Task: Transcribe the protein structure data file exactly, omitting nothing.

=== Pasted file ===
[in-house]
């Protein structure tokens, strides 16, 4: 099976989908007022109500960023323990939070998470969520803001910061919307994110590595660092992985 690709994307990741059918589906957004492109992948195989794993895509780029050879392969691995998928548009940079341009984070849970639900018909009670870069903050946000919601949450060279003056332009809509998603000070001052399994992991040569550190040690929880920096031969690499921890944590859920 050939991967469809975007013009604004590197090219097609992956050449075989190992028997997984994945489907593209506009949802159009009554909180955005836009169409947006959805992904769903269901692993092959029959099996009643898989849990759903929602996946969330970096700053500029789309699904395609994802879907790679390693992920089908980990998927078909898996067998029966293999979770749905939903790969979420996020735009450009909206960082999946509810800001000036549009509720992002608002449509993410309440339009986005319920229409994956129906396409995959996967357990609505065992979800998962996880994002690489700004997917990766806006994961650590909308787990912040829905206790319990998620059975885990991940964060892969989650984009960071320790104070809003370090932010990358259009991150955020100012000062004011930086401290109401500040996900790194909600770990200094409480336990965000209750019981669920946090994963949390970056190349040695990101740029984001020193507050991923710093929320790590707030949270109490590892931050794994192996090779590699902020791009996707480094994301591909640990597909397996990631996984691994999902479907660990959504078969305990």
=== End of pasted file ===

[in-house]
């Protein structure tokens, strides 16, 4: 099976989908007022109500960023323990939070998470969520803001910061919307994110590595660092992985 690709994307990741059918589906957004492109992948195989794993895509780029050879392969691995998928548009940079341009984070849970639900018909009670870069903050946000919601949450060279003056332009809509998603000070001052399994992991040569550190040690929880920096031969690499921890944590859920 050939991967469809975007013009604004590197090219097609992956050449075989190992028997997984994945489907593209506009949802159009009554909180955005836009169409947006959805992904769903269901692993092959029959099996009643898989849990759903929602996946969330970096700053500029789309699904395609994802879907790679390693992920089908980990998927078909898996067998029966293999979770749905939903790969979420996020735009450009909206960082999946509810800001000036549009509720992002608002449509993410309440339009986005319920229409994956129906396409995959996967357990609505065992979800998962996880994002690489700004997917990766806006994961650590909308787990912040829905206790319990998620059975885990991940964060892969989650984009960071320790104070809003370090932010990358259009991150955020100012000062004011930086401290109401500040996900790194909600770990200094409480336990965000209750019981669920946090994963949390970056190349040695990101740029984001020193507050991923710093929320790590707030949270109490590892931050794994192996090779590699902020791009996707480094994301591909640990597909397996990631996984691994999902479907660990959504078969305990």